In theory of course, the uncertainties which might lead to a dramatic fall in equities could well drive investors into the ‘safe havens’ of gold and precious metals, but one needs to look back at 2008 and see what a market crash, as we saw then, might actually mean for gold. The equities market crash actually began in October 2007, before reaching its nadir in January 2009. During its progress, many financial institutions struggled for liquidity to meet their commitments and had to sell hard assets like gold, for which there is always a buyer, to meet these just to stay afloat, so the gold price dropped back too but waited to move significantly lower until October 2008 when it fell by a little over 20% in just three weeks. As noted above, the S&P 500 had actually started falling a year earlier and altogether dropped by more than 50% from peak to trough, not bottoming until January 2009.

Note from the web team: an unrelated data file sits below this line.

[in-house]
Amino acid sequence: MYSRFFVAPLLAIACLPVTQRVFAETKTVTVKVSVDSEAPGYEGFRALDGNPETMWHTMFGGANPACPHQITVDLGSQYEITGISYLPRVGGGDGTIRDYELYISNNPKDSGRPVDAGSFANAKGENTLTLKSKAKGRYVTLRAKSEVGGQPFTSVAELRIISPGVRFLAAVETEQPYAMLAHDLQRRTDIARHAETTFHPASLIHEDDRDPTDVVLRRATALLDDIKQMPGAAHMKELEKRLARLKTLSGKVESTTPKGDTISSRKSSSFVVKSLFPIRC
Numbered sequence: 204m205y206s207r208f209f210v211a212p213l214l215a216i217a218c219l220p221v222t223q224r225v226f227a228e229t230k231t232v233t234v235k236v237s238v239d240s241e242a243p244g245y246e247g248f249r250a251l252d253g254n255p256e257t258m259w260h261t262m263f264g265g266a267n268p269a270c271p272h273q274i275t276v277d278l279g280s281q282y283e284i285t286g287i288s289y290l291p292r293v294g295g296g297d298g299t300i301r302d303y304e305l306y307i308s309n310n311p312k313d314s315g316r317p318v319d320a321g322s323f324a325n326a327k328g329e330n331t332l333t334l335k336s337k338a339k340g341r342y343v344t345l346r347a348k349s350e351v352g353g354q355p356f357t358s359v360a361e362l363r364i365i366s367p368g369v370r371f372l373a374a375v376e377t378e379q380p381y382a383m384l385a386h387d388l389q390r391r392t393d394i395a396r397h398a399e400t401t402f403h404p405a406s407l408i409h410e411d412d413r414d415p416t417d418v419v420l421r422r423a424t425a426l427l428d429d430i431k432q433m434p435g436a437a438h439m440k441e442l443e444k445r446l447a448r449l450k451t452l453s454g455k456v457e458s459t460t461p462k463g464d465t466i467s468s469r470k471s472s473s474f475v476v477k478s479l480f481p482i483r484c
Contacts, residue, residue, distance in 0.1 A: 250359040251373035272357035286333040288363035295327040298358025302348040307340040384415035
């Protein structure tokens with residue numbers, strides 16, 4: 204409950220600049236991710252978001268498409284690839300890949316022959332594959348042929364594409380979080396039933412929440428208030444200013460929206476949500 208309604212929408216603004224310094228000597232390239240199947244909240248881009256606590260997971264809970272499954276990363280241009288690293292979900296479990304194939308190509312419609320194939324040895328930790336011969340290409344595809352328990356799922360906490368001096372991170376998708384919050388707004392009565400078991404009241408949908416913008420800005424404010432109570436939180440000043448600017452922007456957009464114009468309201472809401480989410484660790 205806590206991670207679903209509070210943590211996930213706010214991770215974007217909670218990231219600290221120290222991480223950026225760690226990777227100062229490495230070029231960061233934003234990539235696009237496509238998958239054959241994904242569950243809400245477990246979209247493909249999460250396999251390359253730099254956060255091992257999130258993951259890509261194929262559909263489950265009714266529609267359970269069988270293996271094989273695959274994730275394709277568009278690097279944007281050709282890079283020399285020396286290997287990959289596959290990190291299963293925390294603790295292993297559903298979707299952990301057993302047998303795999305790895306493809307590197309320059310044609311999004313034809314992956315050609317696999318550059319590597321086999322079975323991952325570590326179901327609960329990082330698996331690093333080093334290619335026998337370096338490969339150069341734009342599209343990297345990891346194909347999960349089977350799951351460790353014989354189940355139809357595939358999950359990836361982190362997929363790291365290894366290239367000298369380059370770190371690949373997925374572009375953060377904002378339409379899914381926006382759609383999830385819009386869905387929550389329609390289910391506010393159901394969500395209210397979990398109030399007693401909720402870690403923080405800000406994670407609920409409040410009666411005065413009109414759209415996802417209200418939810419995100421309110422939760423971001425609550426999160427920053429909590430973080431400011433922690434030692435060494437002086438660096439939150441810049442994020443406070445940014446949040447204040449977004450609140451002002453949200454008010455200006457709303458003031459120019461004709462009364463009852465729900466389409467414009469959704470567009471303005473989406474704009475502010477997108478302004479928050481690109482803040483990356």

The real plus for gold, though, came later as the price picked up far quicker than for other asset classes. Indeed gold had recovered to pre-crash levels by late January 2009, when equities had only just reached their low point, and then gold continued to ratchet upwards, with some minor stutters, for almost another three years. Indeed if one had bought gold in late October 2008 and sold in August 2011 one would have nearly tripled one’s investment. Hindsight is easy!
What This Means for Gold Prices